The easier way to ride A to B
If you are a cycle tourer, endurance rider or even a general weekend cyclist, you’ll be keen to hear about a new route planner that promises to take you from A to B with the smallest amount of effort.
While there are already apps and websites, such as Google Maps and CycleStreets, that make it possible to plot a direct route from one place to the next, and some have the option to show how best to avoid traffic as a cyclist, the latest route planning software will reveal the best route to reach your destination “as fresh as possible”.
So, if you are keen to enjoy a day of cycling but you are worried about using up all your energy, or you want to get from A to B but you have only a short time to do your ride, the new planner will offer the best time-efficient and least muscle-zapping route.
It could also be a lifesaver if you find you are low on food or energy half-way through a bike ride.
Creation of an "easy" A to B planner
The route planner inventors are from the University of Arizona. They have based their routes on the ones that demand the least energy. To work out the best route they have divided roads into segments and rated them from easy to difficult.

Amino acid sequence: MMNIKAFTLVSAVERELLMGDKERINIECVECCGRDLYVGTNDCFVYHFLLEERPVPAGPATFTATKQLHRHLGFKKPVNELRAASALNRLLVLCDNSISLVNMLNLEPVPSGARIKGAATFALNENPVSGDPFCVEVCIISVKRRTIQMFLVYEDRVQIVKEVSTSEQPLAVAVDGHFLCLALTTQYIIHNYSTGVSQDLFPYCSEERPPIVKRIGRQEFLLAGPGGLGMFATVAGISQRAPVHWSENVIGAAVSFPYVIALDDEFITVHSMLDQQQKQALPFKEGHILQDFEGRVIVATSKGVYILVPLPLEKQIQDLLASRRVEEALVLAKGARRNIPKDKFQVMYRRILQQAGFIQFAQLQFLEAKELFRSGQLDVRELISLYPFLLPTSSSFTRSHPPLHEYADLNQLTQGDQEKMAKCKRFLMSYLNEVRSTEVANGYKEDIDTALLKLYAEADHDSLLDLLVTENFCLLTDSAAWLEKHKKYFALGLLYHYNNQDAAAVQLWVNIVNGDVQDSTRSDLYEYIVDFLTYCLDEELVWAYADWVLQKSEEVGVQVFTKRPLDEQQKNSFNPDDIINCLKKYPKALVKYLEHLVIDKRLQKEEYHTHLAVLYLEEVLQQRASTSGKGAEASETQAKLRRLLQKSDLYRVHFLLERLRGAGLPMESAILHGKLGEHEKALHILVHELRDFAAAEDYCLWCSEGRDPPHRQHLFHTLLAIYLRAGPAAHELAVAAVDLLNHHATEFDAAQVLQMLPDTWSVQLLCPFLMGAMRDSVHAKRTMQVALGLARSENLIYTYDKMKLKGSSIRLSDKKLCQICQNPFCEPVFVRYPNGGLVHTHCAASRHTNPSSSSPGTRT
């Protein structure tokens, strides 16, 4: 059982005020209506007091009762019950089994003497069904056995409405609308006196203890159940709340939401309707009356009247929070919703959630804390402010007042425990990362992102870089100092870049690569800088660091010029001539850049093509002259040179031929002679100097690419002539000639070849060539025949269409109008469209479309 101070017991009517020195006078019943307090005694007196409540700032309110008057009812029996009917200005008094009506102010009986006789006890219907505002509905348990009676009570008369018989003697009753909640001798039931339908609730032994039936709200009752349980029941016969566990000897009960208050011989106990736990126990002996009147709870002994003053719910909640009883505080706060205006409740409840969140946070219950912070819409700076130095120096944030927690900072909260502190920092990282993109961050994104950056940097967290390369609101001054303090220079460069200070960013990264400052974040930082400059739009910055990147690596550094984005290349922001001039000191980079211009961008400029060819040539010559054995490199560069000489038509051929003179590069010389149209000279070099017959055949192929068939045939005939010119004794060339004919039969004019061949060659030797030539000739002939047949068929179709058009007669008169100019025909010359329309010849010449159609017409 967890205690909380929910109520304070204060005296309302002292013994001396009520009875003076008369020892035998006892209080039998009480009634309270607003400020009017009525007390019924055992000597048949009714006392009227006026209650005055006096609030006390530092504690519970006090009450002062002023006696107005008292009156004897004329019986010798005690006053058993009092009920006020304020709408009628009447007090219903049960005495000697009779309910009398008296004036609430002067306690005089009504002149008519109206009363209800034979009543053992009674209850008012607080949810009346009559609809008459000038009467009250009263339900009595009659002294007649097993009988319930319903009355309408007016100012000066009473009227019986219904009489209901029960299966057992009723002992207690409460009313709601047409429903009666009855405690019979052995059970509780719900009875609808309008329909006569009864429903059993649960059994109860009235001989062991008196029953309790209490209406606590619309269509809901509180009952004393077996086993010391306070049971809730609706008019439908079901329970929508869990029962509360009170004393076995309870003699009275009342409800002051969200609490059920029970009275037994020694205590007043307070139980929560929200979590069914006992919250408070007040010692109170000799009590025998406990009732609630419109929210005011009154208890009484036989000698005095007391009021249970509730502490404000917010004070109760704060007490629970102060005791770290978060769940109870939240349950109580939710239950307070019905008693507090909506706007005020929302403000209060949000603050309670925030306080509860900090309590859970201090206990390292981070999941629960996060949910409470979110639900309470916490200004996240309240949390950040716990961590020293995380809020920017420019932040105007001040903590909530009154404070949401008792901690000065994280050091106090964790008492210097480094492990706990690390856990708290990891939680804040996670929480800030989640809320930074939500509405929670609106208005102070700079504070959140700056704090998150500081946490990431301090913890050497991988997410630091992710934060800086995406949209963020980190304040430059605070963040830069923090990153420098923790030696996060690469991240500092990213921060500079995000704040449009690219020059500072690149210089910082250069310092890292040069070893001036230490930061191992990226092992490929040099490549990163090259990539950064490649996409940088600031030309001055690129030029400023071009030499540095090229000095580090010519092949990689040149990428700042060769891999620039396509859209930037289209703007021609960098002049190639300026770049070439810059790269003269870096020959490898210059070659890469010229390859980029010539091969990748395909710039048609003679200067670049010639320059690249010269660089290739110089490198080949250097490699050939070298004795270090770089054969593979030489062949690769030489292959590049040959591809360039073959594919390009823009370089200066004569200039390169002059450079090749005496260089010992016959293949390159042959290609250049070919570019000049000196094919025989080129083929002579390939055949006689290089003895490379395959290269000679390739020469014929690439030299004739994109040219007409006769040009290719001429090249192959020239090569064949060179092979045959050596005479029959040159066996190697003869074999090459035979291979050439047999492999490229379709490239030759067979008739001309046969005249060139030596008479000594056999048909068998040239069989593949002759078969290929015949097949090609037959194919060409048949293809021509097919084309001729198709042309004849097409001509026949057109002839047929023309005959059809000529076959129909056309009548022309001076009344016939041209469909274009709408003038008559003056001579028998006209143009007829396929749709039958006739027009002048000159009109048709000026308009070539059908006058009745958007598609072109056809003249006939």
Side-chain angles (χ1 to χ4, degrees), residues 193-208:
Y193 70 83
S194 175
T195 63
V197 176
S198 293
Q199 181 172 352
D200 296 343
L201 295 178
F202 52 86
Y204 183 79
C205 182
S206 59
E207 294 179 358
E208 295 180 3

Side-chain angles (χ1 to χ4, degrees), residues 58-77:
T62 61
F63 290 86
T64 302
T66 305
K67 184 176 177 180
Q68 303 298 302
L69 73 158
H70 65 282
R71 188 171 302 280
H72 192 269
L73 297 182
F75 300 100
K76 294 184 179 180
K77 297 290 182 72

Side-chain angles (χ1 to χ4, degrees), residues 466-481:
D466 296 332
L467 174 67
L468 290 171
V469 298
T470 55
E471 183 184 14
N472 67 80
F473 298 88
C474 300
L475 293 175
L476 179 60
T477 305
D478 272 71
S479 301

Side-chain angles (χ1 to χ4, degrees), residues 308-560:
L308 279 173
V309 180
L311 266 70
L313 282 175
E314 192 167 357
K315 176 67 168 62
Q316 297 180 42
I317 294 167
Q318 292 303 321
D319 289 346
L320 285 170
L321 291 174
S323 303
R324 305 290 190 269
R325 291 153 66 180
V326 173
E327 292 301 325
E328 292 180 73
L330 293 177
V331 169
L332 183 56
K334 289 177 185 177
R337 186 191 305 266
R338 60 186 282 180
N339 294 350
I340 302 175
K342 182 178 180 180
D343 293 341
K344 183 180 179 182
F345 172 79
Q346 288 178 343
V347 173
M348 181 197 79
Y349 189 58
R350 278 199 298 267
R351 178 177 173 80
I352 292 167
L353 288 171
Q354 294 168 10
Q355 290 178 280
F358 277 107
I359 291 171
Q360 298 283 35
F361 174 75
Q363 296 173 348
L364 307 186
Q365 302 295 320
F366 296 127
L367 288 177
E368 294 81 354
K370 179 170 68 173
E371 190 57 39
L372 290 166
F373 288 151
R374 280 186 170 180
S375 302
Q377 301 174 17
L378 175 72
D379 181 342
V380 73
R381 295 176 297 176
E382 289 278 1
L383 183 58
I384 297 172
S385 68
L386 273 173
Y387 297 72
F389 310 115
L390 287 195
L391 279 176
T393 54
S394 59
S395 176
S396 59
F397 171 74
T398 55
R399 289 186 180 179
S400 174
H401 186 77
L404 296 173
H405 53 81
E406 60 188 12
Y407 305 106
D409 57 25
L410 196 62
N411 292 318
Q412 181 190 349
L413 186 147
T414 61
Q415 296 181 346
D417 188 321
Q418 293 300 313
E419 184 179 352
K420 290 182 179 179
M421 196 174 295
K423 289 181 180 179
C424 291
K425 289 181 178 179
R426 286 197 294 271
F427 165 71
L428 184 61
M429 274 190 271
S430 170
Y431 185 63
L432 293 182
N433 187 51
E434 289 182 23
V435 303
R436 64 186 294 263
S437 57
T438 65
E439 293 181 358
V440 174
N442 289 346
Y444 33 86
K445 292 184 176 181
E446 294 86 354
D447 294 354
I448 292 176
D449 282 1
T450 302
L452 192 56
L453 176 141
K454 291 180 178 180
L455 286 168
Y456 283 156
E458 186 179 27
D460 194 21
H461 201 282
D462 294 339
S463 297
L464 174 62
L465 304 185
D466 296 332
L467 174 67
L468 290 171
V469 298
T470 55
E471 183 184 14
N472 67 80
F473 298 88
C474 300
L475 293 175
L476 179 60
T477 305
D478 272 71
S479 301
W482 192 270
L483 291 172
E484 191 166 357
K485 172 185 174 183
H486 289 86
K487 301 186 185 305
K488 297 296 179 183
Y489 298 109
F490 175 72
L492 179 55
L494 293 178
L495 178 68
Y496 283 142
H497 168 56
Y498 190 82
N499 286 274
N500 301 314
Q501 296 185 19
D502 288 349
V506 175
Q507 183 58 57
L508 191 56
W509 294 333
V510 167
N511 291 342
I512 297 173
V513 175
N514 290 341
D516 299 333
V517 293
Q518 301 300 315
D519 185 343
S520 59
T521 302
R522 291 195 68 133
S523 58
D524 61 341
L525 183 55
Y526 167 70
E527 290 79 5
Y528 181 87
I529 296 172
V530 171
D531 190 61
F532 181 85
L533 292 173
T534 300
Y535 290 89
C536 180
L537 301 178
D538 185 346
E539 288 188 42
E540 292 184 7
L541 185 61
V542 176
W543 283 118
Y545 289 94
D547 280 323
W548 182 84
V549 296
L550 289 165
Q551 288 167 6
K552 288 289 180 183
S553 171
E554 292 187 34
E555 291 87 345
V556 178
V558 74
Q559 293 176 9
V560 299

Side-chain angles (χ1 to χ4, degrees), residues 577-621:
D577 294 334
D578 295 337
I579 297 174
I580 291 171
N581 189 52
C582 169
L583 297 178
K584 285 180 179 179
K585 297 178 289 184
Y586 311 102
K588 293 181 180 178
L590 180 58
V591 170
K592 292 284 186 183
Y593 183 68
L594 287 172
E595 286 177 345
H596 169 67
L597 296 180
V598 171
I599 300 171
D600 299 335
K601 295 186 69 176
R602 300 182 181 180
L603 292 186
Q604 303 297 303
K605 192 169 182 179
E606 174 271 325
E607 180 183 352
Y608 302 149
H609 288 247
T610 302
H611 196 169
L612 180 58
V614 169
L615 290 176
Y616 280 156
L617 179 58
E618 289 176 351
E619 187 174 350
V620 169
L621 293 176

While flat routes will obviously be easier than hillier ones, a hilly route is assessed on the number of changes in gradients and the steepness of the gradients. The gadget also rates descents as a zero cost in terms of a cyclist’s energy.
By adding together all the scores for every section of a route, the new route planner can estimate the easiest course from A to B.
Of course, there are other factors that can’t be accounted for, such as a rider’s effort or wind speed and direction, but in terms of terrain it is likely to prove a useful tool.
Currently, the software has been produced but the inventors are looking for a commercial deal to make it viable. We’ll keep you posted.
Also see 7 great smartphone apps for cyclists
and How to cycle longer (and easier)